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Get Full Access to Physics For Scientists & Engineers With Modern Physics - 4 Edition - Chapter 19 - Problem 19.18
Get Full Access to Physics For Scientists & Engineers With Modern Physics - 4 Edition - Chapter 19 - Problem 19.18

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(I) How much heat is needed to melt 26.50 kg of silver

ISBN: 9780131495081 132

Solution for problem 19.18 Chapter 19

Physics for Scientists & Engineers with Modern Physics | 4th Edition

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Problem 19.18

(I) How much heat is needed to melt 26.50 kg of silver thatis initially at 25 C?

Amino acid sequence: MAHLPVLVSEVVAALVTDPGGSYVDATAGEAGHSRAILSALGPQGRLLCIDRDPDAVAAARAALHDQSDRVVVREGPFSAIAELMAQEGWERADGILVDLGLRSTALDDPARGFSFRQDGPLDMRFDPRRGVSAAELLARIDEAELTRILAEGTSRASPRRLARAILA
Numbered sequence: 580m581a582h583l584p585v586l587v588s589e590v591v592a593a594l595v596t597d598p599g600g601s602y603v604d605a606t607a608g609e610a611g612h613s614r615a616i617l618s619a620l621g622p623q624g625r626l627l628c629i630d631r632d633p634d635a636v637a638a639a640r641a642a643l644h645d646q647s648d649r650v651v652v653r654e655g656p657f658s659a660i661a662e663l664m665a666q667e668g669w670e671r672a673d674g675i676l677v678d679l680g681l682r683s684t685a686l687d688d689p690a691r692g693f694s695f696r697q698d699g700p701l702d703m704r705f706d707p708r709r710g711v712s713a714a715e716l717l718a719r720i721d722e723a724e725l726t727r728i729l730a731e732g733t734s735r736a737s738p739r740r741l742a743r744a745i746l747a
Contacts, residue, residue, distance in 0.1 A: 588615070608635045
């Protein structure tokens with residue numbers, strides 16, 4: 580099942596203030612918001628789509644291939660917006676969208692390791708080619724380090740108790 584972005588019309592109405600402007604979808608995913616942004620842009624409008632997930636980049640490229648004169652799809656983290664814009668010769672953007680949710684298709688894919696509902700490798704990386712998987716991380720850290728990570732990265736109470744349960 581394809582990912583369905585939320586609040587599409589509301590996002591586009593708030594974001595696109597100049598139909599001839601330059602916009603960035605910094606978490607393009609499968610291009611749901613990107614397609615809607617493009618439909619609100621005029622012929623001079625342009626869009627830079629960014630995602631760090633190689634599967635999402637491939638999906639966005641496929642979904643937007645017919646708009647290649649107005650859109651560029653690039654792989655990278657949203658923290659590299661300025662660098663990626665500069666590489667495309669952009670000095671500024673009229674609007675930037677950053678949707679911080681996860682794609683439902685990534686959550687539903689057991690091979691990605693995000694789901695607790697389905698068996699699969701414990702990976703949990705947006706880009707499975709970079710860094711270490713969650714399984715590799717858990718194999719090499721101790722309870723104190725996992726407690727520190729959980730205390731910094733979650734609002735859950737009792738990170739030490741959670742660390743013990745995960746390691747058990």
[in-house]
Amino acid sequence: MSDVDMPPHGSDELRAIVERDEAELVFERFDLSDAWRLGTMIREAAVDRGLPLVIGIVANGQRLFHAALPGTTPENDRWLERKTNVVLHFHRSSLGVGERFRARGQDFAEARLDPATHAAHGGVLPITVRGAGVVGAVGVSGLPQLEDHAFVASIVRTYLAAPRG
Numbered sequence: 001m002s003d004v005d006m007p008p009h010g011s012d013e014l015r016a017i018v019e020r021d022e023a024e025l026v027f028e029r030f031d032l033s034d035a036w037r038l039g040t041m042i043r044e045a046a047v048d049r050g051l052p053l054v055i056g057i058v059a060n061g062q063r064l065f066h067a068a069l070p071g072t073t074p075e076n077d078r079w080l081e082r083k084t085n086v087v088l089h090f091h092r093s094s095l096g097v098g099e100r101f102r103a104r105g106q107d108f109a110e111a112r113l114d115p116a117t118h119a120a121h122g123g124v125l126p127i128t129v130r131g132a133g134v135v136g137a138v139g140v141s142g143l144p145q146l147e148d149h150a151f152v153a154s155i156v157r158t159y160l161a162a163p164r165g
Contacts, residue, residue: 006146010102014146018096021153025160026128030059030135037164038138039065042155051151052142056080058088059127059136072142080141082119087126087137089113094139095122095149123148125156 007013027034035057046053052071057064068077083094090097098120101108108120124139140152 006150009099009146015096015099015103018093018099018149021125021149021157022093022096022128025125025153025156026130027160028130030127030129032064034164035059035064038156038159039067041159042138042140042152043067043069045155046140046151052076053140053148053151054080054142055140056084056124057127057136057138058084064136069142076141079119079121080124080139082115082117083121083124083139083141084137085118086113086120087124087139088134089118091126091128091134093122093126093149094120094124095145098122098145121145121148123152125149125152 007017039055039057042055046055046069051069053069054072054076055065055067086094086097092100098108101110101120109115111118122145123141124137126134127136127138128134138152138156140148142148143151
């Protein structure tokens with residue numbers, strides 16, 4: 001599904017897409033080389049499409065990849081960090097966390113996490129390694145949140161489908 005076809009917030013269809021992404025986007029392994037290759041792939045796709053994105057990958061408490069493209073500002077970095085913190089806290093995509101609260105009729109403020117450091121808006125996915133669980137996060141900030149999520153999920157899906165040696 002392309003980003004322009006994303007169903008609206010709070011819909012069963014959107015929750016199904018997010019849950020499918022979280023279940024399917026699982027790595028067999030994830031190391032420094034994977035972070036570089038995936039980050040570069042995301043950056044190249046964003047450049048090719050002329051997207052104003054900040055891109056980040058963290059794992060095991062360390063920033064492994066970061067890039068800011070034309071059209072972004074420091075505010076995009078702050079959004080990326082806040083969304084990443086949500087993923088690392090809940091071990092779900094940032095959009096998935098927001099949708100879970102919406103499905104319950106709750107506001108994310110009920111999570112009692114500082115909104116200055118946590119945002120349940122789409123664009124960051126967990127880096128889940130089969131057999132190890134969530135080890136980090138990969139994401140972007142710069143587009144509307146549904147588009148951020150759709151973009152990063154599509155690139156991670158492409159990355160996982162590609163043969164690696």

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Week 11 zoo notes Body equipped to handle traditional, paleo diet Human diet is evolving­ How are we evolving as a species in this rapidly changing environment Then: Meat, roots, fruit, other, low on vitamin D and calcium, burn calories to hunt and gather, lean periods of little or no food Now: pesticides, growth hormones, antibiotics, high fats, processed, potential toxins, farmed More accessible sugars diabetes and obesity Foods may stress our pancreas = sugar everywhere, insulin production can’t keep up High blood glucose pancreas detects insulin released by beta cells in pancreas fat cells take in glucose from blood achieve normal blood glucose levels  Also, glucagon released by alpha cells in pancreas liver releases glucose into blood  Blood glucose homeostasis via negative feedback loop Glucose insulin rollercoaster: insulin and glucose rise together, insulin doesn’t go back down until glucose level goes down Too much sugar intake: pancreas has to produce excess amount of insulin and glucagon, becomes tired and stressed, develop type II diabetes (can be reversed) Apply prior knowledge:  Organic molecules o Carbohydrates o Fats o Proteins  Cell membrane permeability o Lipophilic = hydrophobic = lipid soluble o Lipophobic = hydrophilic = water soluble  Hormones and hormone receptors are proteins o Dna  RNA  Protein 3 forms of stored energy: cellulose, starch, gylcogen Polysaccharides are essentially stored energy Receptors relay information: Transport proteins, enzymes, etc Hormones: slow, lasting, communication  Electrical signals: relatively rapid, target single or neighboring cells, target cell determined by contact points  Chemical signals: relatively long lasting, can target cells all over the body, targets determined by presence/absence of receptors  Both: communicate and respond to info about the environment Pineal gland, thyroid gland, adrenal glands, pancreas  Endocrine glands secrete hormones  Hormones travel in the bloodstream  Alter the metabolism of one or more target cells Hormones interact with target cells, no effect if cell doesn’t have a receptor  Genes code for hormones and hormone receptors Repeated exposure to unusually high levels of hormones can lead to desensitizationTarget cells become less responsive (type II diabetes, reversible) (adult onset type I diabetes, nonreversible) (not related to desensitization: type I diabetes, genetic, nonreversible) Hormones are water or lipid soluble: Water soluble hormones: Hormone circulates the bloodstream, hormone binds to receptor protein, second messenger molecule activated and initiates a cell response, usually by activating an enzyme, cells activity changes One hormone can have multiple effects, multiple second messenger molecules, multiple enzymes present in cell Lipid soluble hormones: (steroid hormones) can pass straight through membrane, straight into nucleus where receptor is located, when bound by a hormone, it activates transcription of a gene, leads to production of new proteins (slower response) Part 2: Digestion Ingestion: first encounter of food­ mouth (teeth and tongue) Types of teeth: incisors, canines, premolars, molars Epiglottis­ when swallowing, a “trap door” closes that prevents food from entering trachea rather than esophagus When ingesting: food is carried down esophagus with smooth muscle contractions In the stomach  Churning: mechanical digestion  Enzymes and chemicals­ chemical digestion  Pepsin­ protein digesting enzyme  Other enzymes  Hydrochloric acid  Mucus  Salts  Water Digestion and absorption:  Villi and microvilli increase surface area of small intestine  Blood vessels along small intestine will absorb nutrients and deliver to body Voluntary and involuntary movements Can have some voluntary control over mouth, esophagus, and anus Liver­ produces bile, which emulsifies fat and breaks down (bile is not a digestive enzyme­ it’s an acid) Gallbladder­ storage unit for bile Pancreas­ produce and release enzymes and bicarbonate Stomach, small intestine­ produce digestive enzymes Salivary glands­ in the mouth, begin the chemical breakdown of food Nucleic Acids­ nitrogenous bases, sugars, phosphates Evolution: intracellular vs extracellular digestion Metabolic rates and size/weight affecting total energy needs Toxins and digestion: Apple seeds contain cyanide, brazil nut is most radioactive food, alcohol is toxic, etc. Liver= hero. Function is to break down toxins into substances the body can handle. Blood flow is directed so that it goes through the liver first, gets detoxified, then is carried out to body. Things the liver cant break down: snake venom, spider venom, etc. these are immune responses Trophic Exchange: Energy “lost” as it increases up the foodweb Biomagnification increases the amount of toxins as it goes up the food chain DDT­ decreased size of eagle eggs, estrogenated male alligators, so they were reproducing less and population decreased significantly Mercury, methyl mercury­ neurotoxin, entire planet is polluted with elevated mercury levels­ some from volcanoes, mostly from power plants and other human sources Mercury methylation­ biomagnifies up food web, decreases reproductive success, alters behavior in animals,